4. Under the radar opponent who Patriots’ fans need to know: Tight end Garrett Graham. The 6-foot-3, 244-pound Wisconsin product missed the first game between the Patriots and Texans this season because of a head injury, but it appears that he’s ready to go this time around. He’s not a colossal game-changer, but he did have 28 catches for 263 yards and three touchdowns on the season. He’s also Houston’s best blocking tight end, and allows Houston to do some more things offensively (including utilizing more multiple tight end sets) than they did the first time around. It’s not quite comparable to the Patriots welcoming back a tight end of their own in Rob Gronkowski, but it provides a boost to the Houston offense.
5. By the numbers (tie, both courtesy of Nuggetpalooza ): One, the Patriots put up an NFL-high 41 drives lasting 10 or more plays in 2012. That tied their club (and league) record that they set in 2007. (Houston’s defense allowed only 17 such drives this season, the fewest in the league.) And two, New England’s defense forced 42 fumbles and recovered 21 of them, both league highs this season. The Texans only lost four fumbles on offense this season, tied with the Falcons for the fewest in the league.
6. Quote on the game: “There’s no simple answer on him, obviously. He’s great against the three-man rush, a four-man rush, a five-man rush and even blitz coverage. We played a lot of zone against him last time and he did a good job against that. You have to put pressure on him somehow, but you’d like to be able to do it with a four-man rush and play man or zone, but the reason you can’t do it is he’s so good and he’s got such great receivers.” — Phillips on Brady.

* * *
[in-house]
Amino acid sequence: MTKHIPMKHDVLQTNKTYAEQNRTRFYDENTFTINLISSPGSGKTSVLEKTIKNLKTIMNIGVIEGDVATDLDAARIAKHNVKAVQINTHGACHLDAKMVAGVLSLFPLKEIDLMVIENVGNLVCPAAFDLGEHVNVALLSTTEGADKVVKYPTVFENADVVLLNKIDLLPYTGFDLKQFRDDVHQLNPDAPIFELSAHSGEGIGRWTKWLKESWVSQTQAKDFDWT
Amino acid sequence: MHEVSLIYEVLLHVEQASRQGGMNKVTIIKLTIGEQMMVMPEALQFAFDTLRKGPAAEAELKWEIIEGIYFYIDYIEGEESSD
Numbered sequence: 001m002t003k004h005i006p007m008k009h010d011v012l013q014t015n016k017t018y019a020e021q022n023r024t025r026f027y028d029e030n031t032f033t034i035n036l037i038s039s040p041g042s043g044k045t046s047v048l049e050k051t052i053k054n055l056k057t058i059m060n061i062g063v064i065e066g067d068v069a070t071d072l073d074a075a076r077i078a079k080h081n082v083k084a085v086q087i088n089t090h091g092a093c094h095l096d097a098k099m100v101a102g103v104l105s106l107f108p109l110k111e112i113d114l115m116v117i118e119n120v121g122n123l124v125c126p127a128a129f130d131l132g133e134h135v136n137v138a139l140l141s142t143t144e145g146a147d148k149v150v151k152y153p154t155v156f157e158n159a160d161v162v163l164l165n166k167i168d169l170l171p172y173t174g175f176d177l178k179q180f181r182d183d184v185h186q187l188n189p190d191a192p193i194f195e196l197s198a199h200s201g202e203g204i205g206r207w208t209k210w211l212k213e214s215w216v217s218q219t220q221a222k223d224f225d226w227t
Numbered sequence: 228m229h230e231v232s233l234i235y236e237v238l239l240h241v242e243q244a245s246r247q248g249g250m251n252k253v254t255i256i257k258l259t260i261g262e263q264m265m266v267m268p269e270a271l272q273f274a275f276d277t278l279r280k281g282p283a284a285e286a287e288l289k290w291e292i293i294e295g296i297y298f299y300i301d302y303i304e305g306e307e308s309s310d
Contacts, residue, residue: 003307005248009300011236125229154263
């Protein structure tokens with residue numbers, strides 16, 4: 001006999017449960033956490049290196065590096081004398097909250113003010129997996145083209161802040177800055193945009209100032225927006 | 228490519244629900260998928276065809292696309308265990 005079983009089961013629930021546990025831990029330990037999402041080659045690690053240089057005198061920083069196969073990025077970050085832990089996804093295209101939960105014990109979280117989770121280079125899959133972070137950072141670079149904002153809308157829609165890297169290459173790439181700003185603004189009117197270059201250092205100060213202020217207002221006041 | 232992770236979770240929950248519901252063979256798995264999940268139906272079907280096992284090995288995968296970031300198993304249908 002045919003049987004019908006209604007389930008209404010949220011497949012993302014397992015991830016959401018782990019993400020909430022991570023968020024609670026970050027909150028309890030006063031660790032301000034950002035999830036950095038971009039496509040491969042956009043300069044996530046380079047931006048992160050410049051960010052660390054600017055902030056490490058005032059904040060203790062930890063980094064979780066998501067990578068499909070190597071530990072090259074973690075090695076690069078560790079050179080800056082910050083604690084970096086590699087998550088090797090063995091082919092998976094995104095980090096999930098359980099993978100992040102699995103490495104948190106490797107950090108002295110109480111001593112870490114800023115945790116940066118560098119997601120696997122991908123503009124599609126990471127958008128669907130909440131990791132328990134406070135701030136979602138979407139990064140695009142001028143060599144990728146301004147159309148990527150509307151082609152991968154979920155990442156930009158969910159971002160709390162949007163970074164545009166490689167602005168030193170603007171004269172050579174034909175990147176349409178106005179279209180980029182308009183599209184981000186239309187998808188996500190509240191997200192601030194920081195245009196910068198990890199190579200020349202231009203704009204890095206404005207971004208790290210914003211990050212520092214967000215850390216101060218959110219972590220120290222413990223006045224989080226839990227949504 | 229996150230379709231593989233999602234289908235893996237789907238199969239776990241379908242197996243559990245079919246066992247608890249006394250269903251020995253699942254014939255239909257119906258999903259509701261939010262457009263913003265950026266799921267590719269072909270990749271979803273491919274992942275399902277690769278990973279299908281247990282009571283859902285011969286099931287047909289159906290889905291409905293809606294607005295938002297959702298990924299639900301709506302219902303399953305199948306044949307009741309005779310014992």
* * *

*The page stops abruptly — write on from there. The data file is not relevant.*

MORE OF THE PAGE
7. Patriots fans should be worried about…… Houston somehow getting to a quick lead. So much of what the Texans do offensive is predicated on them playing with an advantage, but they effectively shot themselves in the foot in the first quarter the last time around. They turned the ball over twice and had four negative plays in the first quarter, and committed a pair of penalties in the first four minutes of the game. Houston was down 14-0 in a blink, and was clearly overwhelmed by the magnitude of the game.
8. Texans fans should be worried about…. the fact that the Patriots have their full collection of pass catchers together on the field for the first time in a meaningful game since the opening week of the regular season. While no one is sure what Gronkowski will be able to bring (more on him later), the idea of Brady have a full collection of offensive options should give the Texans’ defense pause. That, combined with an occasionally sluggish pass defense, should present a winnable matchup for the New England passing game.
9. One more thing: Call it the Gronkowski Effect. As we said before, no one is quite sure what sort of impact the big tight end is going to make in his first meaningful action since going down with a broken arm in November. He was on the field two weeks ago in the regular season finale and looked a little tentative when it came to using that injured arm, but was still able to hit and get hit without an issue. But even if he’s only able to go as a decoy, Gronkowski’s presence out there changes the way both teams are going to operate this time around as opposed to the December matchup.